Blood coagulation prevents hemorrhage and also contributes to thrombotic diseases including myocardial infarction, stroke, and venous thromboembolism. A great deal has been learned about blood coagulation on the scale of a test tube, an artery, and a vein. However, the regulation of blood coagulation at the single cell level has been largely unexplored. Under ordinary conditions endothelial cells that line all arteries and veins have anticoagulant properties. However, following injury or stress, endothelial cells develop some procoagulant properties. Our preliminary data demonstrates that stressed or stimulated endothelial cells support assembly of the prothrombinase complex in focal areas on the cell while maintaining anticoagulant proteins on other parts of the cell. Localization of procoagulant activity is dependent upon regulated phosphatidylserine exposure and convex curvature of membrane regions. Thus our data suggest that stressed, viable endothelial cells can support procoagulant enzyme activity at the subcellular level while maintaining anticoagulant properties. The objectives of this proposal are to identify the locations of the three major procoagulant enzyme complexes on stressed endothelial cells in relation to details of cell structure and in relation to anticoagulant membrane proteins. We will explore the functional consequences of the localized enzyme complexes, particularly with regard to generation of small quantities of fibrin that bind to stressed endothelial cells or to the matrix adjacent to the cells. Finally, we will explore the contribution of a recently identified membrane protein named TMEM16F to the exposure of phosphatidylserine that occurs on stressed cells. The results of our studies are relevant to fundamental understanding of the blood coagulation mechanism and its participation in heart attacks and strokes. It is also related to the role of the blood coagulation mechanism in preventing or limiting bacterial infections. Finally, it may also help to explain the relationship of blood coagulation to inflammatory diseases.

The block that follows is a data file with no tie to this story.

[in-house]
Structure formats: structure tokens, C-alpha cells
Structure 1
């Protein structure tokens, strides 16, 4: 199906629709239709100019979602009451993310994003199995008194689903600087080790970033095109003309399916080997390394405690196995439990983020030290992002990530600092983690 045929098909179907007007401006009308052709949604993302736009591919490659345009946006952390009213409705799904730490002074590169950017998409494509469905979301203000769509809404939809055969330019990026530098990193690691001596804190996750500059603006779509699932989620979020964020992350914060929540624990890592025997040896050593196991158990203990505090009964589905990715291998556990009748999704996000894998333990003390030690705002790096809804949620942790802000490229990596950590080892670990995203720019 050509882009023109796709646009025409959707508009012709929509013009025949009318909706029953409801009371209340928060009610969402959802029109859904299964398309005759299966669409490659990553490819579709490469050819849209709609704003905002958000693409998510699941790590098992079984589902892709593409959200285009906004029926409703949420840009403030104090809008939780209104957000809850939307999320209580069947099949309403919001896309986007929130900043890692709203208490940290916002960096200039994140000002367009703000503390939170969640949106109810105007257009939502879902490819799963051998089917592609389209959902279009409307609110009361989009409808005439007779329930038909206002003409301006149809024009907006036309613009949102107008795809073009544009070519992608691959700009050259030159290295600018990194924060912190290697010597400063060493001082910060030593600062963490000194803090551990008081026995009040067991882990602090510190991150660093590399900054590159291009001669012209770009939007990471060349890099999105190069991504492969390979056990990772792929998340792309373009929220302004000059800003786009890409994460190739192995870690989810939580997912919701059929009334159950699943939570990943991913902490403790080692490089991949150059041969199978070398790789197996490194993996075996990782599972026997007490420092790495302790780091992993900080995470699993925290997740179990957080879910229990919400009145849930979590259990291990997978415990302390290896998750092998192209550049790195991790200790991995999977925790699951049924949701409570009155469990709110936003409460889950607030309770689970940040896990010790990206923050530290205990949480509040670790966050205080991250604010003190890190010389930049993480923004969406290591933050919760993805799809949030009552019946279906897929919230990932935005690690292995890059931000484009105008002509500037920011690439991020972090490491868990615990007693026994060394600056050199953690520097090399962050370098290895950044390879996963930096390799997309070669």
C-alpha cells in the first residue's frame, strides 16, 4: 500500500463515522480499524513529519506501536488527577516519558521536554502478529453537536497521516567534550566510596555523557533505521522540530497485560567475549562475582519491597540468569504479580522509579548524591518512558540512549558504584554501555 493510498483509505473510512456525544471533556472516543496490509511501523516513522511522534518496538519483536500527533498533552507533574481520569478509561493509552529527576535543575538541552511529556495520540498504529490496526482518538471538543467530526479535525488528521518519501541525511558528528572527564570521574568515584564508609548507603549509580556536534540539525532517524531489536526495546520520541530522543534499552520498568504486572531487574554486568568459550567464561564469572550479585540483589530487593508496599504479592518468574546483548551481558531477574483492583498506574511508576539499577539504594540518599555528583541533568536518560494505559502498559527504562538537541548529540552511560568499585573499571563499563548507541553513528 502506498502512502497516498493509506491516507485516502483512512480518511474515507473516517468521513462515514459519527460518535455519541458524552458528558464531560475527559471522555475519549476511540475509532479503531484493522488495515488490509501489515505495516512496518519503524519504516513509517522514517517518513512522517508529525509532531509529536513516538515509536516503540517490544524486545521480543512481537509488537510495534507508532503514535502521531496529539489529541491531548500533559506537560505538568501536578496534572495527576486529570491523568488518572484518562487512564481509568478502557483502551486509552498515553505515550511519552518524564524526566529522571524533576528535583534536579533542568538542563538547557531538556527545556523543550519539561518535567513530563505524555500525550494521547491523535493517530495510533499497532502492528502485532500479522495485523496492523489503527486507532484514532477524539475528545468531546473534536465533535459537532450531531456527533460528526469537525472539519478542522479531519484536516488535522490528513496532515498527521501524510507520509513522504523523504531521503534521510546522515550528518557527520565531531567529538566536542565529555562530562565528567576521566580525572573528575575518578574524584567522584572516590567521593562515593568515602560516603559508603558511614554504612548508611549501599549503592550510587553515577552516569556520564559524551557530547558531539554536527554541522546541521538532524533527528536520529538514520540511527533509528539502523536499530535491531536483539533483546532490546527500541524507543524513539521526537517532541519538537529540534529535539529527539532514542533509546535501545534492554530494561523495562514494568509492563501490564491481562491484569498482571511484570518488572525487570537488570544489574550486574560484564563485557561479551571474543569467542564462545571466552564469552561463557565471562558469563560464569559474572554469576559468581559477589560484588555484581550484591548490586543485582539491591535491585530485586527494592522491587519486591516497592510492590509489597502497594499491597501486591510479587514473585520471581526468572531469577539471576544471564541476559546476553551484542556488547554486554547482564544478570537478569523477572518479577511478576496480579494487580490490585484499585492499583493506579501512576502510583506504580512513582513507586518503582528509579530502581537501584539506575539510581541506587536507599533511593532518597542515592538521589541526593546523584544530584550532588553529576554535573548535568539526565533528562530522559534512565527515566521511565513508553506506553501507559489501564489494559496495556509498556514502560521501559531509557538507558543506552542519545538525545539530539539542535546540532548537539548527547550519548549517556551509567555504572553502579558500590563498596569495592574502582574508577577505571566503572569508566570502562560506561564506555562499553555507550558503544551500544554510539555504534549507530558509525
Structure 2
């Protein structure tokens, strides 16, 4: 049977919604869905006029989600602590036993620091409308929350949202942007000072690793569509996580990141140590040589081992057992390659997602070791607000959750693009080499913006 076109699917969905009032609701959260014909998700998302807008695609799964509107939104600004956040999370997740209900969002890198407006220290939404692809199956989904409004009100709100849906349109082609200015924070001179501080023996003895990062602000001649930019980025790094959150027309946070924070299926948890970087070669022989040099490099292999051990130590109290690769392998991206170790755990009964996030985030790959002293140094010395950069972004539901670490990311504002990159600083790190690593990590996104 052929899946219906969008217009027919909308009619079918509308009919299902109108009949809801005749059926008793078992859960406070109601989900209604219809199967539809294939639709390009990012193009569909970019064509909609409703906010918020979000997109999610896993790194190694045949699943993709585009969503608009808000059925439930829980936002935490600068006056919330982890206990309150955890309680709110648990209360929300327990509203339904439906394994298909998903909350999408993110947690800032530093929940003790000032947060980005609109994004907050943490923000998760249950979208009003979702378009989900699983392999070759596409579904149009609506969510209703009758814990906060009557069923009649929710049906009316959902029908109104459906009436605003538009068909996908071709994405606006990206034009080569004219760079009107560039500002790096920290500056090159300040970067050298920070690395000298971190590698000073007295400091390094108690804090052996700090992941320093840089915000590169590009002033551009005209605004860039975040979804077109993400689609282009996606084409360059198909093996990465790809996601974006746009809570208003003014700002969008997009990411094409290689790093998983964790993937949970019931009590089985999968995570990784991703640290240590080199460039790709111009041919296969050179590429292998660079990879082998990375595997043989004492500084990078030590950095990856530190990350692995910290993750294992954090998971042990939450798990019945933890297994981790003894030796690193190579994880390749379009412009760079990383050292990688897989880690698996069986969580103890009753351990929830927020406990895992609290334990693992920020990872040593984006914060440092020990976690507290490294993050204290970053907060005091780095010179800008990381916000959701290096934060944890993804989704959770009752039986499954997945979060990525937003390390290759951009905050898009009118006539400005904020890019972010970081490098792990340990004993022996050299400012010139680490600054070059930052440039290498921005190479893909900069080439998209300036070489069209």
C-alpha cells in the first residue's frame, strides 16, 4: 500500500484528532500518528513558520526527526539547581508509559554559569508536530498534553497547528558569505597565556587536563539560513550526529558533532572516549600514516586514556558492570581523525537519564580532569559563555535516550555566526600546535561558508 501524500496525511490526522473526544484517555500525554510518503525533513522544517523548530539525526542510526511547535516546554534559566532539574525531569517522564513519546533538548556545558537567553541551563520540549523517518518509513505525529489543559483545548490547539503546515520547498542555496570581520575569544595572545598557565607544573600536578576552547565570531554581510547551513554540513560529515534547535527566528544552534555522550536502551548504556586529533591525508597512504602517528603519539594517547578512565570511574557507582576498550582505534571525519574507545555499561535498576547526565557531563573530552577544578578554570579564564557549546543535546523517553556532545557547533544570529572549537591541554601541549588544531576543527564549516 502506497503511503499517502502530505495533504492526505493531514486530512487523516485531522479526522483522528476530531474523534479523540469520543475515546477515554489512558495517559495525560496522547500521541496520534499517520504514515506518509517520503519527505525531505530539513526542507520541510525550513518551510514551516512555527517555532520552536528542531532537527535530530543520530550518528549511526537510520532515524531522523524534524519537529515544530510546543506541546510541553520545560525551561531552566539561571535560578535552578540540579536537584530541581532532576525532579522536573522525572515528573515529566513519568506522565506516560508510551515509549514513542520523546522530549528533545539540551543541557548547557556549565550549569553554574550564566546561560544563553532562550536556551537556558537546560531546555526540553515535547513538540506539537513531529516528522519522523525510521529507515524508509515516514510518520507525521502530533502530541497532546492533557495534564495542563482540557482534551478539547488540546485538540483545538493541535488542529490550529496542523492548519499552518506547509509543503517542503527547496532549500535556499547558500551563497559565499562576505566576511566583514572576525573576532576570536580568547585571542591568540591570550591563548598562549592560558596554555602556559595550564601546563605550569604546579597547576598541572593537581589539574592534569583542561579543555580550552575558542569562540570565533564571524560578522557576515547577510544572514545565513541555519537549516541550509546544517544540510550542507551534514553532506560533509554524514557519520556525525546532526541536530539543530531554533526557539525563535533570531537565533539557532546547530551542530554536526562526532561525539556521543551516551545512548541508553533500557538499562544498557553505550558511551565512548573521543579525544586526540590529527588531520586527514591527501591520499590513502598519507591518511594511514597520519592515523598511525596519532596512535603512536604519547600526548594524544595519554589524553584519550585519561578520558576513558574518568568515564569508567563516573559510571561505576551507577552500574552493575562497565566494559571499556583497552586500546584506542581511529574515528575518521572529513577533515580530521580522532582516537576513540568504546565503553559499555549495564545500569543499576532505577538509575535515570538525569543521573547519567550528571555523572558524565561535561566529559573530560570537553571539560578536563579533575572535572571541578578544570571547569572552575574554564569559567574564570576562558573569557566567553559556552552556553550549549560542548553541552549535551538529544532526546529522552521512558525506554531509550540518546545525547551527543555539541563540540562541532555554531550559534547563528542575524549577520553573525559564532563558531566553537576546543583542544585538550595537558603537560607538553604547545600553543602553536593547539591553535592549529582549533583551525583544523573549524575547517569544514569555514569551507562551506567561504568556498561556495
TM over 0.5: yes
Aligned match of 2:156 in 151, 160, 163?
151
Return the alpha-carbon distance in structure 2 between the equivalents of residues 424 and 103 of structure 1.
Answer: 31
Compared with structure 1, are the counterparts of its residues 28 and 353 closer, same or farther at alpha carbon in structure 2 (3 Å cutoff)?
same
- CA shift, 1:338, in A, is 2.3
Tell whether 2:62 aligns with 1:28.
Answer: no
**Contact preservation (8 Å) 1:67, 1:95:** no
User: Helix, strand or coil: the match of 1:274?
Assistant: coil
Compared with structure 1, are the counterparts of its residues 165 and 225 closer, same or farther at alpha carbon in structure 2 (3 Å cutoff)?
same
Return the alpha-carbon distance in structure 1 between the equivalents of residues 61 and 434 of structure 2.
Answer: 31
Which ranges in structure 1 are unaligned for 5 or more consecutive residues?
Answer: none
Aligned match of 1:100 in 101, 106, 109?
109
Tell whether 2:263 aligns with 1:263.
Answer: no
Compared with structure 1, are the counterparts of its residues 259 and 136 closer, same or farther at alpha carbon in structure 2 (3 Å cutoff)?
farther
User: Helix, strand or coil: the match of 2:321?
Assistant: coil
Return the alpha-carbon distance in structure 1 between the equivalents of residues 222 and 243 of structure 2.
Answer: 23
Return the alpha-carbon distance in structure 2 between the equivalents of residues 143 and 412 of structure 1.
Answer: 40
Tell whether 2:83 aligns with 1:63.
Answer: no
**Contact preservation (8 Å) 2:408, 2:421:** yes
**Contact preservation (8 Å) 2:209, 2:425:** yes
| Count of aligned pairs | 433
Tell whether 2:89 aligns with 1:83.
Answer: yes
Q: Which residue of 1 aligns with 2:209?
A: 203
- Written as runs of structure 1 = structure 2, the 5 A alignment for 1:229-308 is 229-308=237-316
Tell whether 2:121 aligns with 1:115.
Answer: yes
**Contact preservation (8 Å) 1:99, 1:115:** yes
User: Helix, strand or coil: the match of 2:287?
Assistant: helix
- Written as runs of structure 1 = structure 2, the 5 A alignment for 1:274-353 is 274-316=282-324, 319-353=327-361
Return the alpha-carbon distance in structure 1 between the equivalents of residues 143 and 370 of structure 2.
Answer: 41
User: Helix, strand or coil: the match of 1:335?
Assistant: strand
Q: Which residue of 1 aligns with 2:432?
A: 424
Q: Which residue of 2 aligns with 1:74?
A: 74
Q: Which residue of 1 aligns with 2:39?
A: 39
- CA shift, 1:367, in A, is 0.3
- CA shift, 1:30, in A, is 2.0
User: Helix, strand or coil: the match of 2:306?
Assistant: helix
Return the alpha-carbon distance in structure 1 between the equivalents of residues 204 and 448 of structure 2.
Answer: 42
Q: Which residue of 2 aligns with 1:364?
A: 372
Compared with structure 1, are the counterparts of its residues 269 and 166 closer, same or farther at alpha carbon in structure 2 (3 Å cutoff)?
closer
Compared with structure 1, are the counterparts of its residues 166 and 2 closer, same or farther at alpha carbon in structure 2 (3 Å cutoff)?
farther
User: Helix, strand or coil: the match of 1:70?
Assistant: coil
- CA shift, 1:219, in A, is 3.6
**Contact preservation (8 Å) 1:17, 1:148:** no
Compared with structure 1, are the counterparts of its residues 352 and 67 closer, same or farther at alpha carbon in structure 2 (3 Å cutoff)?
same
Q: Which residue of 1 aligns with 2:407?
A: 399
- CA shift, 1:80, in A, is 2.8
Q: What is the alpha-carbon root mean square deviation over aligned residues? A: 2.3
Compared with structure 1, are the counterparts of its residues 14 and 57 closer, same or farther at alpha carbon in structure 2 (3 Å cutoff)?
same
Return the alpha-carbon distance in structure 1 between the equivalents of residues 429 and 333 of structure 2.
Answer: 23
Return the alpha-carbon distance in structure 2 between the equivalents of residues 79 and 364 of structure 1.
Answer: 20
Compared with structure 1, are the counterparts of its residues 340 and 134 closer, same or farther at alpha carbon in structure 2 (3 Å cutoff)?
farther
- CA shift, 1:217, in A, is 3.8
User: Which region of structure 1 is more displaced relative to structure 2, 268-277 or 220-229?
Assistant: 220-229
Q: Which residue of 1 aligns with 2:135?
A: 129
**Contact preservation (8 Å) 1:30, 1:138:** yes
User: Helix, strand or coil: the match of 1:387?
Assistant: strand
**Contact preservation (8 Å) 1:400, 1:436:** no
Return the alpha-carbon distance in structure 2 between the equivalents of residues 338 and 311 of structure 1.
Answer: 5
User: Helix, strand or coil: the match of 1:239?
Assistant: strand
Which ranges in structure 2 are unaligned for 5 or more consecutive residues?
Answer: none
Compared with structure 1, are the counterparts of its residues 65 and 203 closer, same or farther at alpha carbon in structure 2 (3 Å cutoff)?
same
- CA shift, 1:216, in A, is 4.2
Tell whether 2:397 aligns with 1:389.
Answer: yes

The proposed project is relevant to deep venous thrombophlebitis, heart attack, and stroke. The results are also relevant for understanding the relationship of blood coagulation to bacterial infection and to immune diseases.